TBWA 2 Alistair McCready Melanoma Font
Pou Auaha / Creative DirectorsShane Bradnick, Guy Roberts
Ringatoi Matua / Design DirectorsEmily Osbourne, Simone, Mike Davison
Ngā Kaimahi / Team MembersCatherine Harris, Kate Heatley, Alistair McCready, Jonny Kofoed, Mark Paisey
Kaitautoko / ContributorsAlistair McCready, Jonny Kofoed
ClientMelanoma New Zealand
New Zealand has the highest per captia rate of Melanoma in the world. More people die of Melanoma than on our roads. But if detected early, there is a good chance of survival - which can be as simple as noticing changes to spots on your body. Unfortunately, these changes often go undetected.
The Melanoma Typeface is a font that taught an entire nation to take a second look at their spots.
We created a usable font, made up of seven glyphs of a single character - the full stop. Each glyph was designed in partnership with New Zealand medical professionals to accurately represent one of the visual symptoms of Melanoma. When viewed at a small size, the glyphs all look like slightly misshapen full stops. But as point size increased, more and more detail is revealed in each character, until the true nature of each spot is impossible to ignore.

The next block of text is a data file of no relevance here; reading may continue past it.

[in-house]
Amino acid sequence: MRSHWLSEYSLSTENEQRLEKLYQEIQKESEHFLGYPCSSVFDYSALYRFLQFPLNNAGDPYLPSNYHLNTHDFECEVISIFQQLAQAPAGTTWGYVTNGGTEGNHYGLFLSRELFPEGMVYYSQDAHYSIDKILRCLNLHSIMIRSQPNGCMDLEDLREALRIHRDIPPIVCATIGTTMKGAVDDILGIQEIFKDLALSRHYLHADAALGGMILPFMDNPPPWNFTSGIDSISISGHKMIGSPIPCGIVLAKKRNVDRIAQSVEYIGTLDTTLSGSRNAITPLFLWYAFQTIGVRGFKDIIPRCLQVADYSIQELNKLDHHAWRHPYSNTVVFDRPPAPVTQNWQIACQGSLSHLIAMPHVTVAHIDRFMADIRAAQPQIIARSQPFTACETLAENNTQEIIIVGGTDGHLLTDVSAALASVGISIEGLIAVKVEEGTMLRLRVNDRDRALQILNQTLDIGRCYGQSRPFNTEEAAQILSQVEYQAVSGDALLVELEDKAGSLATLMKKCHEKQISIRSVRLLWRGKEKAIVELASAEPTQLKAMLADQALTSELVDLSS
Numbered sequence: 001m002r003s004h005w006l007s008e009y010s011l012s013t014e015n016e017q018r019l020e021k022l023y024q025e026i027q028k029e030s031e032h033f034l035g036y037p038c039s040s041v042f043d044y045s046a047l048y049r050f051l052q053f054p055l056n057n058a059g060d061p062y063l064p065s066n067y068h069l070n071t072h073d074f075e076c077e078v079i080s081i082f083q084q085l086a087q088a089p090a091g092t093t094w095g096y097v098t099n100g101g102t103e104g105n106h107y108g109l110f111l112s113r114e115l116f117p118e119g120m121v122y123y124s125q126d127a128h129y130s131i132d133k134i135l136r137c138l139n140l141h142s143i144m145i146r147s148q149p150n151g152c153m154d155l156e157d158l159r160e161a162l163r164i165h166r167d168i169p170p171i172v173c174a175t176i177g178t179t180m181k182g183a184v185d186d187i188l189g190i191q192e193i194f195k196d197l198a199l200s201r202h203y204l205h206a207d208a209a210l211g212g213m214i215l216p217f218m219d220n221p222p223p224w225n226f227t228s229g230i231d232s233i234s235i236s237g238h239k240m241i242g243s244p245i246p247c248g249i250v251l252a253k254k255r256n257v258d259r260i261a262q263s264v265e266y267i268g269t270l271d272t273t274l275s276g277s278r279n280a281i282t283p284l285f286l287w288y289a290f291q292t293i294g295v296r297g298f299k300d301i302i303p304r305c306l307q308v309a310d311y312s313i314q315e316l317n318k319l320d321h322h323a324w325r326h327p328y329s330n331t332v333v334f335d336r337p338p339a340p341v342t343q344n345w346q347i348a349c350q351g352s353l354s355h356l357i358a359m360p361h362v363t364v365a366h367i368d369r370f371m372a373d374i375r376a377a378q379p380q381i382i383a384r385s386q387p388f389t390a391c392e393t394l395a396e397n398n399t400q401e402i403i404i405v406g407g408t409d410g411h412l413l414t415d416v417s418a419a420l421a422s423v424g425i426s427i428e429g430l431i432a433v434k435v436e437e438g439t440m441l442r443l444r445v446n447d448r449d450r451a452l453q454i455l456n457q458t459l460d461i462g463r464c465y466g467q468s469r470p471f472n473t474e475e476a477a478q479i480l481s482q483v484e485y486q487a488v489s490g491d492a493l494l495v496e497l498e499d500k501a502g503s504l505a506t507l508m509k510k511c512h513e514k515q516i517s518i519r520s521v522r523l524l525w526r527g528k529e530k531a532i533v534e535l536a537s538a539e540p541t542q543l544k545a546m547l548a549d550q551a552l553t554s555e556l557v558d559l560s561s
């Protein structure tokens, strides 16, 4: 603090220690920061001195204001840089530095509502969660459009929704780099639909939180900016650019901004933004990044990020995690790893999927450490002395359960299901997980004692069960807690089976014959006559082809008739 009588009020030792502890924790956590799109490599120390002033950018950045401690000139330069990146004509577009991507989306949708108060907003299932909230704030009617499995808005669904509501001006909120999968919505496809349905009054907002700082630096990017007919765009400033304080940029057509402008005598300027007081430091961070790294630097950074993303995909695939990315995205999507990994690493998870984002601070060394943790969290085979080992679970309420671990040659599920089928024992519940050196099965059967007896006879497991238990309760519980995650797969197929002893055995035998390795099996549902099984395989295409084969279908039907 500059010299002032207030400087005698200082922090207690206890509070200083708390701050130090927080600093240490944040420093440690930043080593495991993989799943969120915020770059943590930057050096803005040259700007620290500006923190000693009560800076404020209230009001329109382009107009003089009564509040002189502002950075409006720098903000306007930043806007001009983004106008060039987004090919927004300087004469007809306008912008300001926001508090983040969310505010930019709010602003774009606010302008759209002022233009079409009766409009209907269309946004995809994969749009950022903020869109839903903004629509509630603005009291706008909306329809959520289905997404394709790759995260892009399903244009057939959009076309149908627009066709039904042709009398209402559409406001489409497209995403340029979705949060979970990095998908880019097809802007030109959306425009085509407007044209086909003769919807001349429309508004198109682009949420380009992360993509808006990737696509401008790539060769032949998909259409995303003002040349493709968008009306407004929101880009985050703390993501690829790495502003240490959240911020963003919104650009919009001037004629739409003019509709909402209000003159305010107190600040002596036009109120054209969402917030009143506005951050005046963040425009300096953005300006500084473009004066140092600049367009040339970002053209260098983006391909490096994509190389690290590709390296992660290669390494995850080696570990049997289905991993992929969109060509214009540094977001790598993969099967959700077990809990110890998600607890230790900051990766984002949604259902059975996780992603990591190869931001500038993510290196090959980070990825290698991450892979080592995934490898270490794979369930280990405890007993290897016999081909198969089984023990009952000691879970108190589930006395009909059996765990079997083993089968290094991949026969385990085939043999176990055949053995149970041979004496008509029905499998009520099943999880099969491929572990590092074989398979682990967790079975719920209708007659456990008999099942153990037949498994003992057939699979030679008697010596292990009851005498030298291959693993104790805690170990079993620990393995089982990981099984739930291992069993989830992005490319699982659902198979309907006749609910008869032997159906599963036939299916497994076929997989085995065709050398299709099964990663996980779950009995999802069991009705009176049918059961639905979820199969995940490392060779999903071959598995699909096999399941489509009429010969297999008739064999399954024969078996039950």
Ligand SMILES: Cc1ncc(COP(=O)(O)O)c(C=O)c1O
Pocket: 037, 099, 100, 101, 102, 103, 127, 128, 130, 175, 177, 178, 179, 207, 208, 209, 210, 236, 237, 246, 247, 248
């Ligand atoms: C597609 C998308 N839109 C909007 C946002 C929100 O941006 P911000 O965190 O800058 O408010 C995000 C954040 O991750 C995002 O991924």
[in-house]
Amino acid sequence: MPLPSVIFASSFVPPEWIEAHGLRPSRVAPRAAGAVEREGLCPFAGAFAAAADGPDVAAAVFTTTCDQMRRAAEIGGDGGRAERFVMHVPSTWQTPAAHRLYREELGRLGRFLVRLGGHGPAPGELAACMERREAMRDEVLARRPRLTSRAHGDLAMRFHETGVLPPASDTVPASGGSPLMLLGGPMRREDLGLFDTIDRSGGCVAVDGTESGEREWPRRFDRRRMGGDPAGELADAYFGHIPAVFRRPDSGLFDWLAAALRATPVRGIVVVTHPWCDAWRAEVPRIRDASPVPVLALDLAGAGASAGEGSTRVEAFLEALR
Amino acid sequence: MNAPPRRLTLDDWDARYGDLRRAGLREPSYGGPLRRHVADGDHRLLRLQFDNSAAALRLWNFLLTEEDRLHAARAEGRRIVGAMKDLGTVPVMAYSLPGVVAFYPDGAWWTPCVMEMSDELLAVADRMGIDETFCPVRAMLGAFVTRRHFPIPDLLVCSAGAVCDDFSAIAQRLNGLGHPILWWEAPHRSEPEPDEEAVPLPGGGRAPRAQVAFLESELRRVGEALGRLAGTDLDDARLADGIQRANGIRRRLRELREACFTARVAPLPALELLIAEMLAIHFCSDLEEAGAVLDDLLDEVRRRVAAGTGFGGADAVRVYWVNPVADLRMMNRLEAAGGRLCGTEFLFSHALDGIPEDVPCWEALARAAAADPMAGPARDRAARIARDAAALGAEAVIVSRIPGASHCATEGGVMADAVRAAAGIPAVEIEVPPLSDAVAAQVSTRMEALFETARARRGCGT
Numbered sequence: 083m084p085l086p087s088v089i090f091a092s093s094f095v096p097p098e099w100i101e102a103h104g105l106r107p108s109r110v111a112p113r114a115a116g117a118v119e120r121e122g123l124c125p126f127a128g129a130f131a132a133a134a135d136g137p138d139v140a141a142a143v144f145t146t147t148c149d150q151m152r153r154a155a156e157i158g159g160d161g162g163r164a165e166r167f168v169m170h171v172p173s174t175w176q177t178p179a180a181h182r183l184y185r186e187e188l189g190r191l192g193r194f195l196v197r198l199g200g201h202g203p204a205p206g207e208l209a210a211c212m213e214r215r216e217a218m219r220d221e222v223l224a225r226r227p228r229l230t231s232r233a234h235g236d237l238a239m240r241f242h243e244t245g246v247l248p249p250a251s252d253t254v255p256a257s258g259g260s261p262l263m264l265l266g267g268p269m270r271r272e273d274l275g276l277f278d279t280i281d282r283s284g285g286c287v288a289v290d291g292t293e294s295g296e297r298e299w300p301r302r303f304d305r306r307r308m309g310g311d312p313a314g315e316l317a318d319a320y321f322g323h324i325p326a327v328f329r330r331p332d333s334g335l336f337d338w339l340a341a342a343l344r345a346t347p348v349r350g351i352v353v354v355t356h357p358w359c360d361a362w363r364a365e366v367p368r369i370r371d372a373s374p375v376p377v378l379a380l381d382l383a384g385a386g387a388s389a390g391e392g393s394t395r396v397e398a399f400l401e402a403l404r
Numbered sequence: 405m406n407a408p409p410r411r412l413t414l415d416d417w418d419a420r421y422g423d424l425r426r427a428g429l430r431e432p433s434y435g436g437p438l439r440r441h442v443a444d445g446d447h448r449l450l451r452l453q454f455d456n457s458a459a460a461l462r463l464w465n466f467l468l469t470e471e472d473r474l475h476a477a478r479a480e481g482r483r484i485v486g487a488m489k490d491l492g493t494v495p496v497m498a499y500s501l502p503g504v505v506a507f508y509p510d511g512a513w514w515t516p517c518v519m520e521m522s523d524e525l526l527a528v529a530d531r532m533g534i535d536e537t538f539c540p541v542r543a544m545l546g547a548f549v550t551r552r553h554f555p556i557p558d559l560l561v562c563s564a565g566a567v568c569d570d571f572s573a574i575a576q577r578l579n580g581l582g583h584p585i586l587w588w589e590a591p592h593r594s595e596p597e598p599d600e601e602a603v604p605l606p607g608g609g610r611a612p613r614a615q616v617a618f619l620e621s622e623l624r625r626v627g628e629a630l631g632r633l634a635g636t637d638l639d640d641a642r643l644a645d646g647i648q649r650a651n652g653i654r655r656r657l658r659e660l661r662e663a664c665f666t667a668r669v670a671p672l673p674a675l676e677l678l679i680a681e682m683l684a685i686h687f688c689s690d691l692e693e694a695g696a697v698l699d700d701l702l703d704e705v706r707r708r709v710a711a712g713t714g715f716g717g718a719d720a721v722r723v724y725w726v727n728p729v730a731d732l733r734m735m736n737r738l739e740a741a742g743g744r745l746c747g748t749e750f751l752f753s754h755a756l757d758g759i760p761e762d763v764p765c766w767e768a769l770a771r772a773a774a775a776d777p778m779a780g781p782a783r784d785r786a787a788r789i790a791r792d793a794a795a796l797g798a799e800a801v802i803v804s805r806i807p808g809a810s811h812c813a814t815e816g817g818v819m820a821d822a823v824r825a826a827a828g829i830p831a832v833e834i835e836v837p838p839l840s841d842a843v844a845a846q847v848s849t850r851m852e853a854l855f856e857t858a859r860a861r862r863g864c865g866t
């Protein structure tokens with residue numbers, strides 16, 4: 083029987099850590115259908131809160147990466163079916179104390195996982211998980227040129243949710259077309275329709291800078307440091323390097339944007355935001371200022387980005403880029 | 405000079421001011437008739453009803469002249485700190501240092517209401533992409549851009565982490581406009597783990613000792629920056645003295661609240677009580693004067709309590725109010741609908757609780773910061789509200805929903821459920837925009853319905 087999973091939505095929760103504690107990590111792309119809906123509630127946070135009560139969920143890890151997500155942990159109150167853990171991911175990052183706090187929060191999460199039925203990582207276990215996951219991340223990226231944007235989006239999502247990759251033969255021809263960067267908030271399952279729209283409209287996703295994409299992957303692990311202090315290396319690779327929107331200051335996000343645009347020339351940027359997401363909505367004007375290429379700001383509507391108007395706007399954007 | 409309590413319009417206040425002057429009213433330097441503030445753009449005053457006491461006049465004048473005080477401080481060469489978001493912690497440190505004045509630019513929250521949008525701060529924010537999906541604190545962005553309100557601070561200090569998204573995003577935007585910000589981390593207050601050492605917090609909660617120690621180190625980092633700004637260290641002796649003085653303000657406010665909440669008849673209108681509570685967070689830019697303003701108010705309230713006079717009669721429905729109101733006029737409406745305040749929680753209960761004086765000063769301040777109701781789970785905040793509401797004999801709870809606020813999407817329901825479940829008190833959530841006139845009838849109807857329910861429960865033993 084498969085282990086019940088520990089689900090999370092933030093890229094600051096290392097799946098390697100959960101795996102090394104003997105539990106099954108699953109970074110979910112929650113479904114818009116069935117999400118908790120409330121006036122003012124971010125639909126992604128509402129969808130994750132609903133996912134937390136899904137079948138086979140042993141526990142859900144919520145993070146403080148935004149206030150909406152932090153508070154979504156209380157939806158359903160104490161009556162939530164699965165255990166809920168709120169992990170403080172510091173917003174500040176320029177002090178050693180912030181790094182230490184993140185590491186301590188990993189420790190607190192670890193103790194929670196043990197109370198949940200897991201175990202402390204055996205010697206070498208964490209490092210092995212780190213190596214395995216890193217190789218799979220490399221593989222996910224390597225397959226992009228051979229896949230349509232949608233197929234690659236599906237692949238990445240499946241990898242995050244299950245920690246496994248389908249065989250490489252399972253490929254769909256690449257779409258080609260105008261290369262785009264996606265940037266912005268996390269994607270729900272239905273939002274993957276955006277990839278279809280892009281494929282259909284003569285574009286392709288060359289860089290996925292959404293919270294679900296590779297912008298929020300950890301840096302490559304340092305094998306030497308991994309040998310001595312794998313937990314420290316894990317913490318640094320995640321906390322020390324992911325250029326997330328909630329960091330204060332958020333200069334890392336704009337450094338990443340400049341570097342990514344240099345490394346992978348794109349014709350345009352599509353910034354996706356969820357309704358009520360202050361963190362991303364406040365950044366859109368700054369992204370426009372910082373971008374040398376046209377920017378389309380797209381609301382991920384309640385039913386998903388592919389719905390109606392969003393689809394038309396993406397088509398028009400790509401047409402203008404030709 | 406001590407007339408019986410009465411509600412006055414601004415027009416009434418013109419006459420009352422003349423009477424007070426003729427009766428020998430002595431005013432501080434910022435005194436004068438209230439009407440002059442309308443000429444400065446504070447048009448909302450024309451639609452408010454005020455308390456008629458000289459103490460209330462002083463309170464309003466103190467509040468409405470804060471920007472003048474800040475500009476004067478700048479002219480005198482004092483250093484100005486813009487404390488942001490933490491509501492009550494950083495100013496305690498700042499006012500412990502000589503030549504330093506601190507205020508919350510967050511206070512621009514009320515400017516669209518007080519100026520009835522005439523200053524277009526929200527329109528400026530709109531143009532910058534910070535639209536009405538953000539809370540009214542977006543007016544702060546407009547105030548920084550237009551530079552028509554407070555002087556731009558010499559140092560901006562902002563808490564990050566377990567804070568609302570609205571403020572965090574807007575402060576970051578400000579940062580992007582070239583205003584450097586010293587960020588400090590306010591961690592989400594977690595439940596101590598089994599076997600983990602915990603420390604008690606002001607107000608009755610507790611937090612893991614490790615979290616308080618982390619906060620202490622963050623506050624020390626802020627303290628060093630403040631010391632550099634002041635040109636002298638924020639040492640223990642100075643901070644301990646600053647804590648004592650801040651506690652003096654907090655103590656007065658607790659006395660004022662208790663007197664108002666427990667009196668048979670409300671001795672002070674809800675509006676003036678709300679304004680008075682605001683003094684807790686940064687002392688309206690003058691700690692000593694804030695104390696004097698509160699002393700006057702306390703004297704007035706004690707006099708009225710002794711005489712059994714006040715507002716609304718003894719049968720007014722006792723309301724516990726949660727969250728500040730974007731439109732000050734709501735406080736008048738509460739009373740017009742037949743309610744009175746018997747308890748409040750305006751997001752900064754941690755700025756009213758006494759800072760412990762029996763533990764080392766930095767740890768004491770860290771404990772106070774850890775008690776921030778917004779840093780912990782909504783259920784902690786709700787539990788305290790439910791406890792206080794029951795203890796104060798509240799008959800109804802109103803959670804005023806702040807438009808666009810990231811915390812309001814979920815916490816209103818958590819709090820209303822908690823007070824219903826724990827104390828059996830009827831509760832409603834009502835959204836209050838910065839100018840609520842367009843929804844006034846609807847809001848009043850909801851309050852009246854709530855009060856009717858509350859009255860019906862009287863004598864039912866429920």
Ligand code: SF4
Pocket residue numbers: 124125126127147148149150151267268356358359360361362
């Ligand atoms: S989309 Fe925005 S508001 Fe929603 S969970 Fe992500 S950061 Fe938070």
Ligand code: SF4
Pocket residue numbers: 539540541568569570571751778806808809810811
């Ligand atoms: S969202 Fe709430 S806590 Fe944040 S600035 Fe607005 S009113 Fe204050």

These seven simple characters could turn any piece of design or messaging into a melanoma awareness campaign, simply by swapping out their full stop for ours.
Because everything was wrapped up in a small .TTF file, it was easy to provide to brand and design partners to incorporate into their own communications. We were able to provide the font to Coca Cola, NZ Lotteries, OOHMA NZ, Metservice and other brands over the summer period, and they were all able to use The MelanomaTypeface in their comms without otherwise interfering with their brand guidelines.
Our Melanoma Typeface transformed regular communications into an educational piece, showing the public that a cancerous spot can hide in plain sight.
Our message reached 95% of the population during the most dangerous time for melanoma- summer.
More people than ever before were prompted to book potentially life-saving skin checks.